Analysis of Steel Age Golf Swings

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Re: Analysis of Steel Age Golf Swings

Postby LesMurray » Tue Feb 23, 2016 6:17 pm

Knightwriter wrote:I'm not doubting Greg was a great player, but there are things in his swing I don't get.

The transition move and the way the club seems to come in steeply. I don't really understand how they are good moves, but the rest of it is obviously great athletic moves and great acceleration.

I'm new to this so just asking a question, not saying it is wrong or can't work etc.

Regarding golf arguments on golf wrx and that. I find that stuff hilarious. I have no inclination to argue about golf. I'm a player, not a keyboard warrior.

I really don't like that stuff and actively avoid it in life and on the internet. It's pure peanut gallery nonsense. Get in the arena and take action. Then you can talk, and even then only if it is helpful. Otherwise it is just tittle tattle so go over with the other tittle tattlers and don't annoy the real players.

That's my attitude to that stuff. It's just noise, I wouldn't even give it the light of day.


The Shark was one of the best drivers of the golf ball with a persimmon wood and balata ball. His footwork is probably as best as it gets. His pivot and acceleration through the ball were ferocious. And Bradley did well to emulate him, as evidence by how well his career has gone. His swing (and Faldo's and Price's) is a little more upright than Hogan or others from the previous generation. This could be a function of club setup as their clubs were not as flat as Hogan's. Remember also that Norman used Nicklaus as his model. He still does a good job laying off the club and swinging "on plane" as we here understand it.

I like to watch his swing as it gives me a real good feeling of how we rotate through the ball and accelerate post impact. He could make the ball explode off the club like few could.
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Re: Analysis of Steel Age Golf Swings

Postby Knightwriter » Wed Feb 24, 2016 2:25 am

Without a doubt a great striker. I just don't fully get his swing. It looks steep coming in. Faldo and price really lay the shaft on the way down.

I probably just don't understand enough yet.
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Re: Analysis of Steel Age Golf Swings

Postby Knightwriter » Thu Feb 25, 2016 3:48 am

Maybe Greg was inhumanly strong, so he could come in steep and still keep the club moving all the way?

I know he hit a lot of balls and was big into strength and conditioning.

This game is so much more about building athleticism and strength at the top end of striking than the golf industry would like us to believe imo.

I'm feeling that with the module work. My forearms, torso, legs and even upper body are all getting much stronger. And I already work out!

The abs module work really gets at the golf muscles.
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Re: Analysis of Steel Age Golf Swings

Postby stevemcgee99 » Sat Feb 27, 2016 10:21 am

My blazer arms are getting to be too tight, and the chest pulls in and lifts the collar now. #thanksabs


Regarding arguments on forums - especially when it comes to something like physical activity, it's near impossible to really impart all you want to share in text. It's the 'knowledge transfer' problem that a Toyota guy Nonaka pointed out in his SECI theory of knowledge.

Gist of it: tacit knowledge, like all that we experience in a golf swing in the conditions we play, is not even explicit to ourselves. So trying to convert tacit knowledge to explicit knowledge in order to communicate it through text is a challenge barely worth tackling.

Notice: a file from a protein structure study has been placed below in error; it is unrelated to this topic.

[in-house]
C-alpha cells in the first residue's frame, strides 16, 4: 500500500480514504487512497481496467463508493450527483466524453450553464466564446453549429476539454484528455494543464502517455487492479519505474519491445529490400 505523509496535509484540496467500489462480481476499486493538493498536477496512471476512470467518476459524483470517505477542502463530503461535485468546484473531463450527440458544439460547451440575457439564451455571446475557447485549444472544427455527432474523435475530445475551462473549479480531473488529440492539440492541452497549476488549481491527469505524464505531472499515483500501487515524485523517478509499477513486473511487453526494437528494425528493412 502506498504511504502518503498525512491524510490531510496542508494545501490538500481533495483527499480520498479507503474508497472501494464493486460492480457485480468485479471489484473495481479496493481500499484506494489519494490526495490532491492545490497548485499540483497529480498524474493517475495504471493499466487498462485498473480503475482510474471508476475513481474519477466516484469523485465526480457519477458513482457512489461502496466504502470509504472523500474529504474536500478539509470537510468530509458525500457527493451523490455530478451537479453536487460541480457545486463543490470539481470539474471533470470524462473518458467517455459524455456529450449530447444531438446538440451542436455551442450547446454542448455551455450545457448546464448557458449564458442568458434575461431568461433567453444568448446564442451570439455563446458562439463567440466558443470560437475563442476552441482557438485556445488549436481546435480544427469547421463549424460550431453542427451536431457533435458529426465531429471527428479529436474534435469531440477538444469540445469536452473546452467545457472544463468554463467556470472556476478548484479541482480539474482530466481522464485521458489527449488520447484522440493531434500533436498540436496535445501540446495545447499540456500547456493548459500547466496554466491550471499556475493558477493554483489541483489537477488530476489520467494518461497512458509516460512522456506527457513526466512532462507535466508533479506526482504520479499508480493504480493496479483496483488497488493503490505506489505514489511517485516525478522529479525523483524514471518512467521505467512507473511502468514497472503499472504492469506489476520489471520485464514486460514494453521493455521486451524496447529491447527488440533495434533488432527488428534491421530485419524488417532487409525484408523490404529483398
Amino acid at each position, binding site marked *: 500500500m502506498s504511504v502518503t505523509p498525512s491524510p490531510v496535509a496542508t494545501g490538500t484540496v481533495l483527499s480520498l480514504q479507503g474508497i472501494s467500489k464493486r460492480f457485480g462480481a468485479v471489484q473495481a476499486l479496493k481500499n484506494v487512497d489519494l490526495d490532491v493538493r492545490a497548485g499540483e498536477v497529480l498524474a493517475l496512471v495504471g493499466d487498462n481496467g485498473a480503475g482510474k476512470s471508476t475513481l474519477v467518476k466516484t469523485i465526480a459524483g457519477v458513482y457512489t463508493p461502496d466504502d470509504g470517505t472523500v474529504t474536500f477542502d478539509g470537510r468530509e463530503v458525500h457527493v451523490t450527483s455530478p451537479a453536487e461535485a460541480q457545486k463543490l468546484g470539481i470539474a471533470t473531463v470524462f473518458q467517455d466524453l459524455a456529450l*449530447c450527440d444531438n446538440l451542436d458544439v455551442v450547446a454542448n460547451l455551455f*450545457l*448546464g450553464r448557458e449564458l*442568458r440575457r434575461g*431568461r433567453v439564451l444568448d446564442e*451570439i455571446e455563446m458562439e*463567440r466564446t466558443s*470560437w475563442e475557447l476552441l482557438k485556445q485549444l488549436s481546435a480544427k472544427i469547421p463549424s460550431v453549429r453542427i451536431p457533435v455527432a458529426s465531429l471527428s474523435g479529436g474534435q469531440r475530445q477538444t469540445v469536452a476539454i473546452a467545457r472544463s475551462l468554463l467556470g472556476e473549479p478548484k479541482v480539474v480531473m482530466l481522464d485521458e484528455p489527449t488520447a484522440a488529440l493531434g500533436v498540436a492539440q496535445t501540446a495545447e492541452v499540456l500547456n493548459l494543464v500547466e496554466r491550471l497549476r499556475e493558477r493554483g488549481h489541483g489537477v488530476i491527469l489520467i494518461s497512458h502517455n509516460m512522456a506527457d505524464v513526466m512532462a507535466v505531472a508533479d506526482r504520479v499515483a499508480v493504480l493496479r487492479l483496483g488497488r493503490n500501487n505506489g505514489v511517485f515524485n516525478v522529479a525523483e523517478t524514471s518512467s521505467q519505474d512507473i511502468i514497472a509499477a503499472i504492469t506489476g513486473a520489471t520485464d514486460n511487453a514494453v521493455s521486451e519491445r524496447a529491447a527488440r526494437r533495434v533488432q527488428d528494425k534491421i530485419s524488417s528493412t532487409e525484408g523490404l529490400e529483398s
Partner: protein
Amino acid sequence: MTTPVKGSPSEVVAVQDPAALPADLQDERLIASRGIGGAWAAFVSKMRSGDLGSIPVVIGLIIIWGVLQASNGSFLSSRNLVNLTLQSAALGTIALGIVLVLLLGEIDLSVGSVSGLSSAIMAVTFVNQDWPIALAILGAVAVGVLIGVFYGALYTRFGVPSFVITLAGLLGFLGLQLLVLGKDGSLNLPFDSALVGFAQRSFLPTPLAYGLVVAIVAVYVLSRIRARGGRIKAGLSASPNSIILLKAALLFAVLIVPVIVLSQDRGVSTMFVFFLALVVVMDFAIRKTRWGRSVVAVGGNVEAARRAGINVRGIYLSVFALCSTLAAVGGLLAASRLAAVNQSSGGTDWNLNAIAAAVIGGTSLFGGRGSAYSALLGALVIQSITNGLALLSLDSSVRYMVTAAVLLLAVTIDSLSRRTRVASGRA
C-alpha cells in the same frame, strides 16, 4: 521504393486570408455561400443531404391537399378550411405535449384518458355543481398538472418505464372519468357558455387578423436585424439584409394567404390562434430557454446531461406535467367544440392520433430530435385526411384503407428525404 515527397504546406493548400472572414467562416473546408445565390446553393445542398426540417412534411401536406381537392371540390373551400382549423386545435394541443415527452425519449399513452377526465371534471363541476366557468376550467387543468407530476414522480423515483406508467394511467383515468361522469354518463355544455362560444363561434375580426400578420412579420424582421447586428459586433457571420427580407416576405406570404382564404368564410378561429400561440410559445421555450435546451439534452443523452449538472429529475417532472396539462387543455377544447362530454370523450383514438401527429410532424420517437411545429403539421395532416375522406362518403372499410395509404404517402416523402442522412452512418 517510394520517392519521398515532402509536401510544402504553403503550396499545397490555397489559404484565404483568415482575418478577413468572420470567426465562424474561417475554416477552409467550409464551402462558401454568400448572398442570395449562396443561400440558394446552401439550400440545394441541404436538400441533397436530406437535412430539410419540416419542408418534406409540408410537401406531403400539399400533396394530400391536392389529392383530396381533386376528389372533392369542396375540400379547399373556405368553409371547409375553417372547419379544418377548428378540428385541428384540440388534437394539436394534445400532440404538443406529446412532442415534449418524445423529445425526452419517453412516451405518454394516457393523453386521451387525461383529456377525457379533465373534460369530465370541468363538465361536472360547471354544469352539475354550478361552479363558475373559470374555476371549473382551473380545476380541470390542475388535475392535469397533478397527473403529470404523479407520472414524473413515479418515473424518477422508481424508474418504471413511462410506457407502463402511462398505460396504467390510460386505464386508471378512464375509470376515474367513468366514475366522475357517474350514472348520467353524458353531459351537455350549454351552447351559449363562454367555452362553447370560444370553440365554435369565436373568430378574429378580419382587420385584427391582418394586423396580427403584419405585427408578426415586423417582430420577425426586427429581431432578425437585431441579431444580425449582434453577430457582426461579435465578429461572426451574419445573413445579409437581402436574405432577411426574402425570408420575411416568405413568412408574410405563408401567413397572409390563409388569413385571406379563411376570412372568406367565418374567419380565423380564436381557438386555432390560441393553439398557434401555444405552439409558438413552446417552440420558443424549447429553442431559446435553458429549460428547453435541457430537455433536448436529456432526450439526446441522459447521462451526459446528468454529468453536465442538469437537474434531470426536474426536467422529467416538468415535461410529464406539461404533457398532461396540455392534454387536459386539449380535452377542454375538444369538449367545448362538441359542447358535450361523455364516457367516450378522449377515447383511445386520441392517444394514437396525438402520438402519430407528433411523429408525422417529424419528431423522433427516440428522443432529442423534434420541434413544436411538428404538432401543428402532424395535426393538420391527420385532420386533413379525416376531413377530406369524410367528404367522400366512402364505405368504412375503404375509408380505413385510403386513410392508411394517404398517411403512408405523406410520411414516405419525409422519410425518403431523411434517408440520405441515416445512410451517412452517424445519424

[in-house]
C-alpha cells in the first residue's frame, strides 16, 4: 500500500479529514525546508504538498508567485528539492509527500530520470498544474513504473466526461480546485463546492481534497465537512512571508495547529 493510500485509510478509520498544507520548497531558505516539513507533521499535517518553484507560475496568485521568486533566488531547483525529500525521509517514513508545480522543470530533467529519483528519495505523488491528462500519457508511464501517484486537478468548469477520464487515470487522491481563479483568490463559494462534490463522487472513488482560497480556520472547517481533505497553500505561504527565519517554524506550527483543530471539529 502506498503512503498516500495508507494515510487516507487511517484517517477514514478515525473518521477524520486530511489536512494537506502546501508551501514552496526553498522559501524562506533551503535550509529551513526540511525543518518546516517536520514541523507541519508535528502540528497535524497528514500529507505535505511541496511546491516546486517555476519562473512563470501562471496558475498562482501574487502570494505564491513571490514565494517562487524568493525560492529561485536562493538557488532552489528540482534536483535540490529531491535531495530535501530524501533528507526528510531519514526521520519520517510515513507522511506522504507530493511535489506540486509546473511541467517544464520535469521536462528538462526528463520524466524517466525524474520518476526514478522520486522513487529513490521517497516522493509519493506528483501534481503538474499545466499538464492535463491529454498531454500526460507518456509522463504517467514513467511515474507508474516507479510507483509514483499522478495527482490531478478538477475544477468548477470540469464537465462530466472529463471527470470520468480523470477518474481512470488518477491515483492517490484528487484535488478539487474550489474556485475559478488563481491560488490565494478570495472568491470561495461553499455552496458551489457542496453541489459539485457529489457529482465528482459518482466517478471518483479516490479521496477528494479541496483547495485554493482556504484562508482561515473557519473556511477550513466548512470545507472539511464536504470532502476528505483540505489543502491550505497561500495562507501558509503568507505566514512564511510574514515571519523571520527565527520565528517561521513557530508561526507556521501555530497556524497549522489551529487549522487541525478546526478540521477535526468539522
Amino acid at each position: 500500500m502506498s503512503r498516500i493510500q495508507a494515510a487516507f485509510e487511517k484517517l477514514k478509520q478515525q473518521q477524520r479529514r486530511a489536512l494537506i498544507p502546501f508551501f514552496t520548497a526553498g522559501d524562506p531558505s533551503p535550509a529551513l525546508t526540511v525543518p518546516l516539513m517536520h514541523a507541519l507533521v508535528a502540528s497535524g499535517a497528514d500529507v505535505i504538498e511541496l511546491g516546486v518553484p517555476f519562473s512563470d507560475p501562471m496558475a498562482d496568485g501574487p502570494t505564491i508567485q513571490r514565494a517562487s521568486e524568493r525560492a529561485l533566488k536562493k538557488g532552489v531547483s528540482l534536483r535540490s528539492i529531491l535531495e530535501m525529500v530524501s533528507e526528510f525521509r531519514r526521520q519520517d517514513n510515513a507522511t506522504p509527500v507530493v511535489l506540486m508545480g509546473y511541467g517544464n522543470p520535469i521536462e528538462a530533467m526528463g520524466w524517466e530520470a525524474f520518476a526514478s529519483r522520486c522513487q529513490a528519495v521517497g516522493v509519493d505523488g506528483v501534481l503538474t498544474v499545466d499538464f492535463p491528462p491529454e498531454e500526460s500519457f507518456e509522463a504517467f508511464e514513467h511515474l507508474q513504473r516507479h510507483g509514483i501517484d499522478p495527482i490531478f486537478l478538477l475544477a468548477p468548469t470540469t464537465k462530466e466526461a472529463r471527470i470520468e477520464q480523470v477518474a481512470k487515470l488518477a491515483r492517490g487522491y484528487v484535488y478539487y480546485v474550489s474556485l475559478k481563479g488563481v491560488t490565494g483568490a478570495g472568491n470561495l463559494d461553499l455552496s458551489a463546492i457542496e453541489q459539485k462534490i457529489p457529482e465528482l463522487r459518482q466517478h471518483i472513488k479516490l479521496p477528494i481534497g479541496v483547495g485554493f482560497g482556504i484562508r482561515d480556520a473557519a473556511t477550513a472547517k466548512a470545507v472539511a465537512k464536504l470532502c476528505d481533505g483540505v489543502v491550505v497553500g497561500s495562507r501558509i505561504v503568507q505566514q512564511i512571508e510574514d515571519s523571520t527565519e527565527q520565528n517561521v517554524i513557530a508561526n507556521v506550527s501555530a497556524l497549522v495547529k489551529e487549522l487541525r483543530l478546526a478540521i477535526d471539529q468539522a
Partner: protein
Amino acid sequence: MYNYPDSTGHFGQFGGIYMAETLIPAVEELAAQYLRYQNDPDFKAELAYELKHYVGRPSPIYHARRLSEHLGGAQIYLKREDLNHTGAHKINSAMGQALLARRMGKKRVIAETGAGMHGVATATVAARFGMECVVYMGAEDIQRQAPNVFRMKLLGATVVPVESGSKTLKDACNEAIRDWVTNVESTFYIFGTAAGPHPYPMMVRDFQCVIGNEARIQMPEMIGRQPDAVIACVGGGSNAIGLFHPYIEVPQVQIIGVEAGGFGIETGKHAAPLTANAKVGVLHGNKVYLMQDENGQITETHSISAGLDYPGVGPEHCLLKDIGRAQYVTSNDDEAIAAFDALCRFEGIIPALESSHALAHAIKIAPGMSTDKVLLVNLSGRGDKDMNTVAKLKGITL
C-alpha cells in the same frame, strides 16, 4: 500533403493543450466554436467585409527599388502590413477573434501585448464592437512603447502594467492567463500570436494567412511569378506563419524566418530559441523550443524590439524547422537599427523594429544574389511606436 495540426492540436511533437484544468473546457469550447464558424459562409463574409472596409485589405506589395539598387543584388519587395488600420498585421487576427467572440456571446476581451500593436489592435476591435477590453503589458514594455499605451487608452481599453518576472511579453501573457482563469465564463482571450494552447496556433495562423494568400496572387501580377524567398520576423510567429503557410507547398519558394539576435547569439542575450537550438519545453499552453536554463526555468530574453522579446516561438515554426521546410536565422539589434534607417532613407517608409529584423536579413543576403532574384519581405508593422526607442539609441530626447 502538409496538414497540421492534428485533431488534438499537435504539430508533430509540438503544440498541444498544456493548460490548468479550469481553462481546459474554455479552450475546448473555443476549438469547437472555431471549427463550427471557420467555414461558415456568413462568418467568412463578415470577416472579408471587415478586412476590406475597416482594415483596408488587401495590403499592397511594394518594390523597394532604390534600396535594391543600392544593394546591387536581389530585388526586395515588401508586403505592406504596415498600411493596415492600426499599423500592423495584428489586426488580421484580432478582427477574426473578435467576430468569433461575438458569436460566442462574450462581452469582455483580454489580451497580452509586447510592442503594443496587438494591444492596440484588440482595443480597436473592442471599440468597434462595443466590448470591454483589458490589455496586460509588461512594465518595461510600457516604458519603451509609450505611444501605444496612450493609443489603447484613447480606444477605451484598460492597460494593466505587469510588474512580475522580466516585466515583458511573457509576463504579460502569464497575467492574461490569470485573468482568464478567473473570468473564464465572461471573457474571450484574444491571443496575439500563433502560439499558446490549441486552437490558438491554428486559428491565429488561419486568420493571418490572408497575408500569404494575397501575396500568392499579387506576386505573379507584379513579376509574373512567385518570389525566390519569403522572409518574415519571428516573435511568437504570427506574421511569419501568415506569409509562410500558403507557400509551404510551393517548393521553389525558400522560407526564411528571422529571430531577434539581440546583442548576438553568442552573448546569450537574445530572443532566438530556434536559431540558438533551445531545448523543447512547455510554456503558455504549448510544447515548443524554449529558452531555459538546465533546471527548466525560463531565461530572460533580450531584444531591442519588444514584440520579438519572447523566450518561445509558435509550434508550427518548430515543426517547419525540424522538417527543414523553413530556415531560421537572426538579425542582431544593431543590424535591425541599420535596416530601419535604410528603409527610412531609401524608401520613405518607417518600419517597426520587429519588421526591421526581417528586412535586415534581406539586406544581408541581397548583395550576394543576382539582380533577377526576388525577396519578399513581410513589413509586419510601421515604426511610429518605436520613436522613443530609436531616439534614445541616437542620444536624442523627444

That's why Mr. Miyagi says, 'paint the fence', and Lag says, 'bow to the 4:30 line'. Both of those things package the knowledge in a way we can receive it, without confusing us with countless distractions. Metaphor and analogy can work well when relaying tacit knowledge.

TL;DR: arguing about golf on a forum is an exercise in disagreeing with points you didn't understand and making statements that are misunderstood.
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Re: Analysis of Steel Age Golf Swings

Postby k2baloo » Wed Mar 02, 2016 3:00 pm

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Re: Analysis of Steel Age Golf Swings

Postby Ded2Journey » Thu Mar 03, 2016 6:08 pm

K2,

Great share. Not sure he was a steel age golf swing, but I sure enjoyed every second of the video. I love his patience in the takeaway/transition, sync up at P3 and then just lightning. Perfect balance too. Much to learn from this swing I do believe...
"People have always been telling me what I can't do. I guess I have wanted to show them. That's been one of my driving forces all my life." -Ben Hogan
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Re: Analysis of Steel Age Golf Swings

Postby golfingplease » Sun Mar 06, 2016 5:21 pm

IMO best model swing
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Re: Analysis of Steel Age Golf Swings

Postby golfingplease » Sun Mar 06, 2016 5:28 pm

Very good hand path. Over and in on downswing. Deep turn.
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Re: Analysis of Steel Age Golf Swings

Postby LesMurray » Wed Mar 09, 2016 4:41 pm

How about Mark Calcavecchia? Here is his winning shot in the 1989 Open Championships playoff



Looks like his swing has not aged well. Here is his recent swing from the 2014 Masters

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Re: Analysis of Steel Age Golf Swings

Postby twomasters » Thu Mar 10, 2016 4:52 am

Calc in my opinion always had a very strong & superior left side pull beyond impact. Was very evident when he was at the heights of his game (and as shown in that 89 Open video above).
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